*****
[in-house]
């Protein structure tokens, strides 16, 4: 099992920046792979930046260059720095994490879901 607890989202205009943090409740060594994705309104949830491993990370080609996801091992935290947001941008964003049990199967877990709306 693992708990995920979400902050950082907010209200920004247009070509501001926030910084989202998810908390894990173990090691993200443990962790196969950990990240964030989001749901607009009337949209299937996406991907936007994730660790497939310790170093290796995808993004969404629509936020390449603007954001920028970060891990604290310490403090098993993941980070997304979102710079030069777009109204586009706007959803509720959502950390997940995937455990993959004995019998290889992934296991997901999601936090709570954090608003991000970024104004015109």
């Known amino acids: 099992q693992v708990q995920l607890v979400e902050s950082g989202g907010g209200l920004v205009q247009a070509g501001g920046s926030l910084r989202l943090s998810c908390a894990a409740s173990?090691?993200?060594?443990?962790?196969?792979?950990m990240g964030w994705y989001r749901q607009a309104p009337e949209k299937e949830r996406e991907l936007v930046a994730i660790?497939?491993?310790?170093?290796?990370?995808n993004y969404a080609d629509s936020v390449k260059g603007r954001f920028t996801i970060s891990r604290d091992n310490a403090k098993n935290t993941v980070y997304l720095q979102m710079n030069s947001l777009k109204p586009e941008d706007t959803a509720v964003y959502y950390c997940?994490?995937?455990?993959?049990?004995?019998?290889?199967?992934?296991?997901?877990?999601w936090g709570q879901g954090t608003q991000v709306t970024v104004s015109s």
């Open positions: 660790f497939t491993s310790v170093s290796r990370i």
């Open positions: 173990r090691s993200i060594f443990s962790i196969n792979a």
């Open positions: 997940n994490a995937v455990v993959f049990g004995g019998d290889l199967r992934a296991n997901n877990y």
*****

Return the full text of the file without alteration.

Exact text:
[in-house]
């Protein structure tokens, strides 16, 4: 099992920046792979930046260059720095994490879901 607890989202205009943090409740060594994705309104949830491993990370080609996801091992935290947001941008964003049990199967877990709306 693992708990995920979400902050950082907010209200920004247009070509501001926030910084989202998810908390894990173990090691993200443990962790196969950990990240964030989001749901607009009337949209299937996406991907936007994730660790497939310790170093290796995808993004969404629509936020390449603007954001920028970060891990604290310490403090098993993941980070997304979102710079030069777009109204586009706007959803509720959502950390997940995937455990993959004995019998290889992934296991997901999601936090709570954090608003991000970024104004015109």
């Known amino acids: 099992q693992v708990q995920l607890v979400e902050s950082g989202g907010g209200l920004v205009q247009a070509g501001g920046s926030l910084r989202l943090s998810c908390a894990a409740s173990?090691?993200?060594?443990?962790?196969?792979?950990m990240g964030w994705y989001r749901q607009a309104p009337e949209k299937e949830r996406e991907l936007v930046a994730i660790?497939?491993?310790?170093?290796?990370?995808n993004y969404a080609d629509s936020v390449k260059g603007r954001f920028t996801i970060s891990r604290d091992n310490a403090k098993n935290t993941v980070y997304l720095q979102m710079n030069s947001l777009k109204p586009e941008d706007t959803a509720v964003y959502y950390c997940?994490?995937?455990?993959?049990?004995?019998?290889?199967?992934?296991?997901?877990?999601w936090g709570q879901g954090t608003q991000v709306t970024v104004s015109s």
């Open positions: 660790f497939t491993s310790v170093s290796r990370i």
């Open positions: 173990r090691s993200i060594f443990s962790i196969n792979a």
């Open positions: 997940n994490a995937v455990v993959f049990g004995g019998d290889l199967r992934a296991n997901n877990y």